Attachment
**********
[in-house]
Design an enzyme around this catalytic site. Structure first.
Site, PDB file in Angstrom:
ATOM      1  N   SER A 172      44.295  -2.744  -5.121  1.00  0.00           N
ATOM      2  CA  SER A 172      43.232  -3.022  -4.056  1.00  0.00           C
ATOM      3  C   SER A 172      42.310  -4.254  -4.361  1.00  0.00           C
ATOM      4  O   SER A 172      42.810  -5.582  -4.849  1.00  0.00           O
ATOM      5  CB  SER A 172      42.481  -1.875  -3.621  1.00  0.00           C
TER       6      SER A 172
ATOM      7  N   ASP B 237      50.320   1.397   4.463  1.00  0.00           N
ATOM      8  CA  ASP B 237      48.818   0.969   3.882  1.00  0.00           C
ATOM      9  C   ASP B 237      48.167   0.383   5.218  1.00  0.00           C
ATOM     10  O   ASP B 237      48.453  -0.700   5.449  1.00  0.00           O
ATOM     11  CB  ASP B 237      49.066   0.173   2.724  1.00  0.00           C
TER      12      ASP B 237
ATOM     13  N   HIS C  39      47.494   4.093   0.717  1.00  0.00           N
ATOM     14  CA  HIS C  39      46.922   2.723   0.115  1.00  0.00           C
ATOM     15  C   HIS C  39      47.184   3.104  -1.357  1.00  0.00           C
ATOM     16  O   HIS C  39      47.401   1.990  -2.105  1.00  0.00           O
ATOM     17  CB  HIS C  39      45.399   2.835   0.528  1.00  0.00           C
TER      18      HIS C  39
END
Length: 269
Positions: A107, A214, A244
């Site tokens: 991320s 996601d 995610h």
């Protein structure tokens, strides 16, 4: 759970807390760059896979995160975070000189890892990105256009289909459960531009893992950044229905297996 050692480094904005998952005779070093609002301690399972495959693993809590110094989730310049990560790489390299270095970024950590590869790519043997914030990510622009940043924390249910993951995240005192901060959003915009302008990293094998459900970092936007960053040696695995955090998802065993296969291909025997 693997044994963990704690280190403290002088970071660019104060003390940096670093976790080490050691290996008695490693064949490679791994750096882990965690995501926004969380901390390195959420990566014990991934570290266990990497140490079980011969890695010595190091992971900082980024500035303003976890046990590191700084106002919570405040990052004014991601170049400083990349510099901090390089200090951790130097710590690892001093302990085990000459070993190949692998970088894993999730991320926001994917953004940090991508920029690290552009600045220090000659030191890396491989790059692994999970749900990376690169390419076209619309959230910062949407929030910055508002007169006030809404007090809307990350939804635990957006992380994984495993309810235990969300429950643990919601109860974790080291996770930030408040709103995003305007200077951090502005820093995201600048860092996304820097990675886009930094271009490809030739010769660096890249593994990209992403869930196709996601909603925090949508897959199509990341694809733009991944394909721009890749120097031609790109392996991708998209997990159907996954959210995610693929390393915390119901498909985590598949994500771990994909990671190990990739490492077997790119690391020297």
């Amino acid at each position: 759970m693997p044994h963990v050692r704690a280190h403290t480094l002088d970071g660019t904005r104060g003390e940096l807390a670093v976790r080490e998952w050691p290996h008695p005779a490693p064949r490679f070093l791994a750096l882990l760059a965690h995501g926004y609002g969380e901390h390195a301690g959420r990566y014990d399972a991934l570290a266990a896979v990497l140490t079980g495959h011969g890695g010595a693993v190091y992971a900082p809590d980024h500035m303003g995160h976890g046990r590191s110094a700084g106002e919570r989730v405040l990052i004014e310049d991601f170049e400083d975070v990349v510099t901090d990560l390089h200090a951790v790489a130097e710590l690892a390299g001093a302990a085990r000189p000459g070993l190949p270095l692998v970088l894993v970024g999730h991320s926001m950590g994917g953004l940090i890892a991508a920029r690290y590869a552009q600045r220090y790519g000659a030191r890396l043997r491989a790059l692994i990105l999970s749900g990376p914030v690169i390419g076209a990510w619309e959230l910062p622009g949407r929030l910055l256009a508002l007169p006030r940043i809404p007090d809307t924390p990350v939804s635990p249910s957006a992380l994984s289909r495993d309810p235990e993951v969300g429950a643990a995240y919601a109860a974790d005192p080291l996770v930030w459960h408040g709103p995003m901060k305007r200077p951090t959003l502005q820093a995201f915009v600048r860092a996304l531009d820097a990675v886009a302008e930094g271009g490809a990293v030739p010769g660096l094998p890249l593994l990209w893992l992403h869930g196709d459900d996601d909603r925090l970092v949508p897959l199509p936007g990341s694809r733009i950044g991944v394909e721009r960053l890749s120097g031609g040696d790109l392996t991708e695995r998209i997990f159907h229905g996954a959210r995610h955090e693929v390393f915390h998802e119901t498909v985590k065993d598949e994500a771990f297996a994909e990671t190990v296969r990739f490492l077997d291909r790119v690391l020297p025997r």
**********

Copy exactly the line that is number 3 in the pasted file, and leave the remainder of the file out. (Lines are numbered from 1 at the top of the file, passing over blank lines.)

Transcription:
Site, PDB file in Angstrom: